This Opinion Peace was first published in the Standard Newspaper
We seldom consider what it takes to get the food we eat onto our plates. From “farm to table”, many of us remain oblivious to the complex chain of actors and processes in-between.
The complex food system which includes transportation, processing, distribution, storage and nutrition involves different actors at every stage. Get these systems right and they drive economic growth. Kenya’s export-oriented agriculture sector employs almost three-quarters of the workforce and produces one quarter of annual GDP. At the same time, the global Climate Emergency means that many of Kenya’s counties are afflicted by recurrent droughts and elevated levels of under-nutrition. As of today, 12 of 23 ASAL counties are already in Drought Alert. The impact is water shortage, severe vegetation deficit, malnutrition in children, inadequate pasture resulting in low milk production, further worsening nutrition status.
Globally, our planet is producing and consuming record amounts of food. Yet globally, 700 million people still go hungry. Food technologies have advanced but we are still grappling with unsustainable high greenhouse gas emissions from the agriculture sector and from food wastage. Post-harvest loss, in particular, is a huge challenge in Kenya and elsewhere. Other disruptions in the food system include shocks to climate change, inequalities that limit people’s access to the food they need and storage problem.
Getting Food Systems right is, simply, indispensable to Sustainable Development. That’s why UN Secretary-General Antònio Guterres has called a global “Food Systems Summit” on 23 September 2021. Governments, civil society, the private sector, and people worldwide will be caucusing together to leverage food systems to drive solutions to the global challenges of hunger, climate emergency, poverty, and inequality. The Summit will give an opportunity not just to global leaders but to farmers, entrepreneurs, activists, and everyone involved in the food chain to transform the way the world produces, consumes, and thinks about food.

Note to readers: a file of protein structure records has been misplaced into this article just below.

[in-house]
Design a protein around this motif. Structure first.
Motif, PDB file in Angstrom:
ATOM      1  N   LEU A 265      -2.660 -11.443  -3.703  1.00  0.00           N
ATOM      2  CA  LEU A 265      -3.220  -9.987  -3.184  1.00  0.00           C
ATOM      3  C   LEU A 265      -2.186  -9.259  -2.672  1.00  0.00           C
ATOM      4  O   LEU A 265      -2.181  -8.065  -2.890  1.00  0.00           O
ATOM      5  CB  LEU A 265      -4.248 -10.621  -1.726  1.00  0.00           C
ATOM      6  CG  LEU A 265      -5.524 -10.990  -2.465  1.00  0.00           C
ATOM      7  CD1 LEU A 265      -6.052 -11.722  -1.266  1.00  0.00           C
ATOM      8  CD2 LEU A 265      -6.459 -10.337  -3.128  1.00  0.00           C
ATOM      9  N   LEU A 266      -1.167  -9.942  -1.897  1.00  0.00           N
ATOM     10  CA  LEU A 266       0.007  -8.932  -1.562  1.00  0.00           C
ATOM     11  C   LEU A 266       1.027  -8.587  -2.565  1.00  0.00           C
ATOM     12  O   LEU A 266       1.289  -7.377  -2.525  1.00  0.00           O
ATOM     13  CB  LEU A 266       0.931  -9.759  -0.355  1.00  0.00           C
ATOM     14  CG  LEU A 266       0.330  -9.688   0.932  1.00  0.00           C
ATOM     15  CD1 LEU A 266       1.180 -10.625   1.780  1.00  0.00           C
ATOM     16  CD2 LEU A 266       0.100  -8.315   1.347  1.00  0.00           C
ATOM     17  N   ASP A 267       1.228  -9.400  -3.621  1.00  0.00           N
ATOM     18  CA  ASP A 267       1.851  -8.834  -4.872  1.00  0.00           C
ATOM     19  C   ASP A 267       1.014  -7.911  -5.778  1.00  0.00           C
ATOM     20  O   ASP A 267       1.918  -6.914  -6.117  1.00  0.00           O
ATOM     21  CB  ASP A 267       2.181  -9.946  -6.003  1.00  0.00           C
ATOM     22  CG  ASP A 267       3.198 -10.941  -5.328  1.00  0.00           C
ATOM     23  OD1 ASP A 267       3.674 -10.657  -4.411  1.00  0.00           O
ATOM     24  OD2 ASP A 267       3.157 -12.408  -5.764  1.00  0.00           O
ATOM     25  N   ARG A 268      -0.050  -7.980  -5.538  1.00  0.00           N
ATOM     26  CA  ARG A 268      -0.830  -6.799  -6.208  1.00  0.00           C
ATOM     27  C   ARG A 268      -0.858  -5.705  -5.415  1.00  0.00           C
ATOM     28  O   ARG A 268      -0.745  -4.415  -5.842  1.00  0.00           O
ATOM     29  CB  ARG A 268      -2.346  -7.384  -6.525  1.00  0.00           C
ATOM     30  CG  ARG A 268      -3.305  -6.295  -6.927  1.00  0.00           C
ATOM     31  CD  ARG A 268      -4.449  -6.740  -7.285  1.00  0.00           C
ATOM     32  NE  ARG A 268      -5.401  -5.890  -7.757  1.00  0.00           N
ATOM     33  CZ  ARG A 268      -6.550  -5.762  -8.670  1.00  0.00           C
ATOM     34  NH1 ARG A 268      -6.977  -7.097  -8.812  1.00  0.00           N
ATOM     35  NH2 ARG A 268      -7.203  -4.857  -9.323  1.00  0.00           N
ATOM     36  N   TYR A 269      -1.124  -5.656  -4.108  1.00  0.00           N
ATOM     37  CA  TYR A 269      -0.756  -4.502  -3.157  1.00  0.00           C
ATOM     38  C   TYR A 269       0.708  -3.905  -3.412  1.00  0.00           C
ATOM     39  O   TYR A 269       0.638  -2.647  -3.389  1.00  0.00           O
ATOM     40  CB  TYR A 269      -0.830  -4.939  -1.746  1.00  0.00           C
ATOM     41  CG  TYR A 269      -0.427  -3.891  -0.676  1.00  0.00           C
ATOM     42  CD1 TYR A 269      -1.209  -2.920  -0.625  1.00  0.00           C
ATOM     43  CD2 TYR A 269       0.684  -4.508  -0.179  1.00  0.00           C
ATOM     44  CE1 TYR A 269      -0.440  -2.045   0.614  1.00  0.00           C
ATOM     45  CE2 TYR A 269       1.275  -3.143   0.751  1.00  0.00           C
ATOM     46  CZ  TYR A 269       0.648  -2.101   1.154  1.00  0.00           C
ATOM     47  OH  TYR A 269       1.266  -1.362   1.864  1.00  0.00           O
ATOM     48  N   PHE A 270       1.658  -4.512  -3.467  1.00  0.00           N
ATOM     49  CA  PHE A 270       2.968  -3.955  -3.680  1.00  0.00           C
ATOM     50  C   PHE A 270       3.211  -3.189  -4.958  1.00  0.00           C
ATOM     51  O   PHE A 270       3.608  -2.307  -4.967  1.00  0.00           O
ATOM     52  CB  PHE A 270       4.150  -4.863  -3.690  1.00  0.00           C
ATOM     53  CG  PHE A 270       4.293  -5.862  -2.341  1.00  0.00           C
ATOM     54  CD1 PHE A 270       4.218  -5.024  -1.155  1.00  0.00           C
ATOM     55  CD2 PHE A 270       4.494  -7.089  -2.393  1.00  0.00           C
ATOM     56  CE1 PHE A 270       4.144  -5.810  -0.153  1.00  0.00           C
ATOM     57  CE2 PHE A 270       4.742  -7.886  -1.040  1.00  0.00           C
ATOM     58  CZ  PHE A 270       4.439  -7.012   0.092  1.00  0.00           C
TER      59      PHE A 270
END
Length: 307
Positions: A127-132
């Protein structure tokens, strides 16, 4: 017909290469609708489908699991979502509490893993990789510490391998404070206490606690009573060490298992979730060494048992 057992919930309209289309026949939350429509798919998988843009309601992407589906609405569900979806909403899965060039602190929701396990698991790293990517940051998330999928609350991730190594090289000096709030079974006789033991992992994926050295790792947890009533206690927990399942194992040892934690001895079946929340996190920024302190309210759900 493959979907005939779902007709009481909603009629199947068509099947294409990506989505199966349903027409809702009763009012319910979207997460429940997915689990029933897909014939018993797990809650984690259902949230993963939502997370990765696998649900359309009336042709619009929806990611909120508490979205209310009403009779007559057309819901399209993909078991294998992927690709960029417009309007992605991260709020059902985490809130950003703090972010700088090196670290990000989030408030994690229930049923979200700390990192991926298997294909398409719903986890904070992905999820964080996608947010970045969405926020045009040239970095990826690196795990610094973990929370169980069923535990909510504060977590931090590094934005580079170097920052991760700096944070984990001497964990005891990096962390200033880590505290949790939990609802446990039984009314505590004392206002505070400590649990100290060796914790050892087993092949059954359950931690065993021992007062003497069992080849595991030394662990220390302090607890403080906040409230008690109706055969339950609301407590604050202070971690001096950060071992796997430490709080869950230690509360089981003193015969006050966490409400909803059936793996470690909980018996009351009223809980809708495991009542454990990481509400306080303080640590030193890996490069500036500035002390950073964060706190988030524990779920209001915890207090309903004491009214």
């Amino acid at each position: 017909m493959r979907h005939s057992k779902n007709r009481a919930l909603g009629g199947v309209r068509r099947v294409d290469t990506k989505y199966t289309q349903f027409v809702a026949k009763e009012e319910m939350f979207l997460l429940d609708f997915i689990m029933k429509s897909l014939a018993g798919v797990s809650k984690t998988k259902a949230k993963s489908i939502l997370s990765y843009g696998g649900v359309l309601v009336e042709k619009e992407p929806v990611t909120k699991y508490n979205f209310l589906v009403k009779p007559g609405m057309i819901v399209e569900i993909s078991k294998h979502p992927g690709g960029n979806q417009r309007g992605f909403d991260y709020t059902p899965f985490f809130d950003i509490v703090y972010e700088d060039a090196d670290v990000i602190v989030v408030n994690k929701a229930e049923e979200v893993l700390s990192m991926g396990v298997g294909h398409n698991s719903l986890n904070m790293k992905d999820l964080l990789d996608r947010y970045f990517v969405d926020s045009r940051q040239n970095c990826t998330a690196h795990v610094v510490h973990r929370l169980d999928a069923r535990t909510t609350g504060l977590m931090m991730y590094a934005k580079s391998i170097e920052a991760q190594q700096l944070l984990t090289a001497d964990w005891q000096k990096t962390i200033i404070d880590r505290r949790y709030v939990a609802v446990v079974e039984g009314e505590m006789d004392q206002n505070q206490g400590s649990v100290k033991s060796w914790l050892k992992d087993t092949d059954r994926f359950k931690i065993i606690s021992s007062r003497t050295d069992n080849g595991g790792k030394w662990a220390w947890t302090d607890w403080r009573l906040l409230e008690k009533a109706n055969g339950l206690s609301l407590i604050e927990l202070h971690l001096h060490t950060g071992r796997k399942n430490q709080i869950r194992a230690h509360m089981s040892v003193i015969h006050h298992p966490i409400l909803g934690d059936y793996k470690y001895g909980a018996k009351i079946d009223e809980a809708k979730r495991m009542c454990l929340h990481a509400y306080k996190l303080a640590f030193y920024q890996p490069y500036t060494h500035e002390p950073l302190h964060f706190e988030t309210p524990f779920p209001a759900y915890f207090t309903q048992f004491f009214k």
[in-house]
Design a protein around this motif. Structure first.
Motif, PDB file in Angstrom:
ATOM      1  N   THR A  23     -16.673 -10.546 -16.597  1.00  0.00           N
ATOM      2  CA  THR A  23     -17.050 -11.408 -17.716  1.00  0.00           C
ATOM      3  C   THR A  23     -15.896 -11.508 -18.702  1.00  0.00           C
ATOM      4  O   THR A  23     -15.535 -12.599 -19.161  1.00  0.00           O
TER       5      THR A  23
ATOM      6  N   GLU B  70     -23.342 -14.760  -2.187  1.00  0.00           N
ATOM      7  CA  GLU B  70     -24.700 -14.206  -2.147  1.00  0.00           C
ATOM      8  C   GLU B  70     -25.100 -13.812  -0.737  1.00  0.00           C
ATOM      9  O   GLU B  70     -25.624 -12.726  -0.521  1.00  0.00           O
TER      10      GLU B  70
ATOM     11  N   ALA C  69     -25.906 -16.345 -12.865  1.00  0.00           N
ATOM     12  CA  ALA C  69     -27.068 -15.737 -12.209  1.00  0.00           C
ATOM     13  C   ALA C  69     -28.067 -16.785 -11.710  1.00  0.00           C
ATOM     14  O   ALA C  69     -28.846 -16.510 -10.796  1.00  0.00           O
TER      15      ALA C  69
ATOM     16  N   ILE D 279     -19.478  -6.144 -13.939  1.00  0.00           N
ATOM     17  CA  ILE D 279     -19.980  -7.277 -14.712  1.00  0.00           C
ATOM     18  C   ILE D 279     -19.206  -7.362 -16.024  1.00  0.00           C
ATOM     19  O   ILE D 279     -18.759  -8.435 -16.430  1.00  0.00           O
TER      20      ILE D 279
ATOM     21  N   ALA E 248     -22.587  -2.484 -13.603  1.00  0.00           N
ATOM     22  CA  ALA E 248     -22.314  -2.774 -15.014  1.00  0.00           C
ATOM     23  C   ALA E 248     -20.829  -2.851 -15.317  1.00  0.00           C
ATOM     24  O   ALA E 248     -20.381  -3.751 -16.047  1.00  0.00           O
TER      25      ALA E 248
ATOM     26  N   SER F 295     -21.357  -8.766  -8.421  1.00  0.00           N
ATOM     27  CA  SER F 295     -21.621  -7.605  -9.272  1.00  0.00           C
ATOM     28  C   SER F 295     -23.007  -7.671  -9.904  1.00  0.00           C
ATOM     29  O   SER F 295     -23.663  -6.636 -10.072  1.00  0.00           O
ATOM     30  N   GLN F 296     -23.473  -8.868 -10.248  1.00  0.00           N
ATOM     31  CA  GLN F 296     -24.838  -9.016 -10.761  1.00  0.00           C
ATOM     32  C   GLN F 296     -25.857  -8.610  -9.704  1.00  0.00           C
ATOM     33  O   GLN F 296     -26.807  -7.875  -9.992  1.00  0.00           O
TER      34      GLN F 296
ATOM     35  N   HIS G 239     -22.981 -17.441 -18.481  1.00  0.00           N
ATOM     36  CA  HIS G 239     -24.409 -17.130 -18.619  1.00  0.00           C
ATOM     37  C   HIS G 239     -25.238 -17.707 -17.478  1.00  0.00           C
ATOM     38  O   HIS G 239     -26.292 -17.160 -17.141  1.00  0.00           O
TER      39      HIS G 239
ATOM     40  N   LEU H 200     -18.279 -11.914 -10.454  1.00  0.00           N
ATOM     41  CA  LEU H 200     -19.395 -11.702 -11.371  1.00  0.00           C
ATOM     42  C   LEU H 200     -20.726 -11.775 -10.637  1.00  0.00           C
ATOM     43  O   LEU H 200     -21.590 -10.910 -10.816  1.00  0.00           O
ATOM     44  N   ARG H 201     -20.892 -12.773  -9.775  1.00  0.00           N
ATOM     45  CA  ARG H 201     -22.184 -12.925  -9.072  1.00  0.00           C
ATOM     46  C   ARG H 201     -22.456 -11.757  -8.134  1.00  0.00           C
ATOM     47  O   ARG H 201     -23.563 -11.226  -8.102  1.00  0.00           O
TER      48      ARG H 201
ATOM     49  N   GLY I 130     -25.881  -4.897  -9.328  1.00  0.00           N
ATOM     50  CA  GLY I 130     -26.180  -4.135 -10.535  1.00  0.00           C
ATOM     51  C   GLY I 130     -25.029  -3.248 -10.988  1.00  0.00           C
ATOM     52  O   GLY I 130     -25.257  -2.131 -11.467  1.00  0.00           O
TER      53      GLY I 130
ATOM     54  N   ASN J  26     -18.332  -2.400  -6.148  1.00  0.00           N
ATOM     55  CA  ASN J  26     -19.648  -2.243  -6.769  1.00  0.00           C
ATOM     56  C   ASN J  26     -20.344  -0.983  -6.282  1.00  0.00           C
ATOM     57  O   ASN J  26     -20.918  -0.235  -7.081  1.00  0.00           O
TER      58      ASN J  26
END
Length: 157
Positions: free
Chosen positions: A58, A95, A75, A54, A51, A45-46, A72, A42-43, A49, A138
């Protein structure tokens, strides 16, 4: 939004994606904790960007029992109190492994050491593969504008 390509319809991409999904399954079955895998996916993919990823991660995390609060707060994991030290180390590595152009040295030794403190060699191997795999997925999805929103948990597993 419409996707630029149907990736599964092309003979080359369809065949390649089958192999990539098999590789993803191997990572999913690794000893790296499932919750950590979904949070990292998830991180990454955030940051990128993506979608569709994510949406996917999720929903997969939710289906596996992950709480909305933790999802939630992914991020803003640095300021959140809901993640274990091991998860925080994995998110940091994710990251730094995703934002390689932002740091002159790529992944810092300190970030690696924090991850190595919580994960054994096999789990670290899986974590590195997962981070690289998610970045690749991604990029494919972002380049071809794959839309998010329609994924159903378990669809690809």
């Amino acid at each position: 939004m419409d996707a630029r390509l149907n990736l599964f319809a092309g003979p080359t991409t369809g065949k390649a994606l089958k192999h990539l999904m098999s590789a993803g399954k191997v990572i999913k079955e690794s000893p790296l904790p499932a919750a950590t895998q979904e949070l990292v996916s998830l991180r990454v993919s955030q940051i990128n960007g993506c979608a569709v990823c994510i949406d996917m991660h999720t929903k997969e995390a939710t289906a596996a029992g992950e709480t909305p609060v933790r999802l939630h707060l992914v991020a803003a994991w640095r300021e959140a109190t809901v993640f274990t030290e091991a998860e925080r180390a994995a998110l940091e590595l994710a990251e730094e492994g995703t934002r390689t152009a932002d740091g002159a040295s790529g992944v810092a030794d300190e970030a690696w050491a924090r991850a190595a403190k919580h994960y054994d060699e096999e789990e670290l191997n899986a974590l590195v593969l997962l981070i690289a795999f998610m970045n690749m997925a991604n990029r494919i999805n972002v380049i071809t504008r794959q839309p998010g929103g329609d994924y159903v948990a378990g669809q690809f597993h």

The Government of Kenya is committed to transforming its food systems. That commitment is clear from Vision 2030 and the “Big Four Agenda” (which makes Food and Nutrition Security for all Kenyans a national priority). Kenya’s Agricultural Sector Transformation and Growth Strategy represents the GoK’s commitment to increasing productivity, boosting incomes in agribusiness and ensuring household resilience and food security, placing farmers at the center to achieve the Sustainable Development Goal (SDGs).
Leading up to the Summit, the Ministry of Agriculture, Livestock, Fisheries and Cooperatives and UN Kenya held a series of Regional, National and International dialogues to offer Kenyans an opportunity to contribute directly to the Summit’s ambitious vision and objectives. These Dialogues have been bringing together a rich diversity of stakeholders. Deliberately, they included voices seldom heard and provided an important opportunity for participants to debate, collaborate, and plan action towards a better future.
UN Kenya will continue supporting government both in the short and long term to ensure the food systems are strengthened and effectively managed. We’re supporting small holder farmers with credit facilitation, capacity development and access to markets. We’re supporting cash transfers to vulnerable people along the supply chain - especially refugees and host communities. We’re promoting home-grown school meals, connecting local farmers to the supply chain of school meals programmes. And we’re supporting fortification initiatives that help communities access locally produced nutritious food.
On drought management and climate emergency mitigation, UN Kenya is supporting local production of short cycle and drought tolerant seed varieties. These help farmers produce crops even during drought. With our partners, we’re helping county governments rehabilitate or build new water reservoirs, helping farmers restock their herds and promoting cash-for-work programmes.
And with huge, longterm potential, UN Kenya is helping broker breakthrough partnerships between public and private sector actors in agriculture and agribusiness. Our “SDG Partnership Platform” brings together partners, innovative financing and investments to drive “profit for purpose” across the “Big Four Agenda”. We’re confident that identifying and accelerating opportunities in food production, agro-processing and other possibilities across diverse value chains around crops, livestock and fisheries will help provide Kenyans profitable yet sustainable livelihoods.
Just as food brings people together, strengthening Food Systems will get us closer to achieving truly sustainable development and a still more prosperous, inclusive Kenya. Come, claim Kenya’s reserved place at the global table and let’s continue to dialogue together about our Food Systems!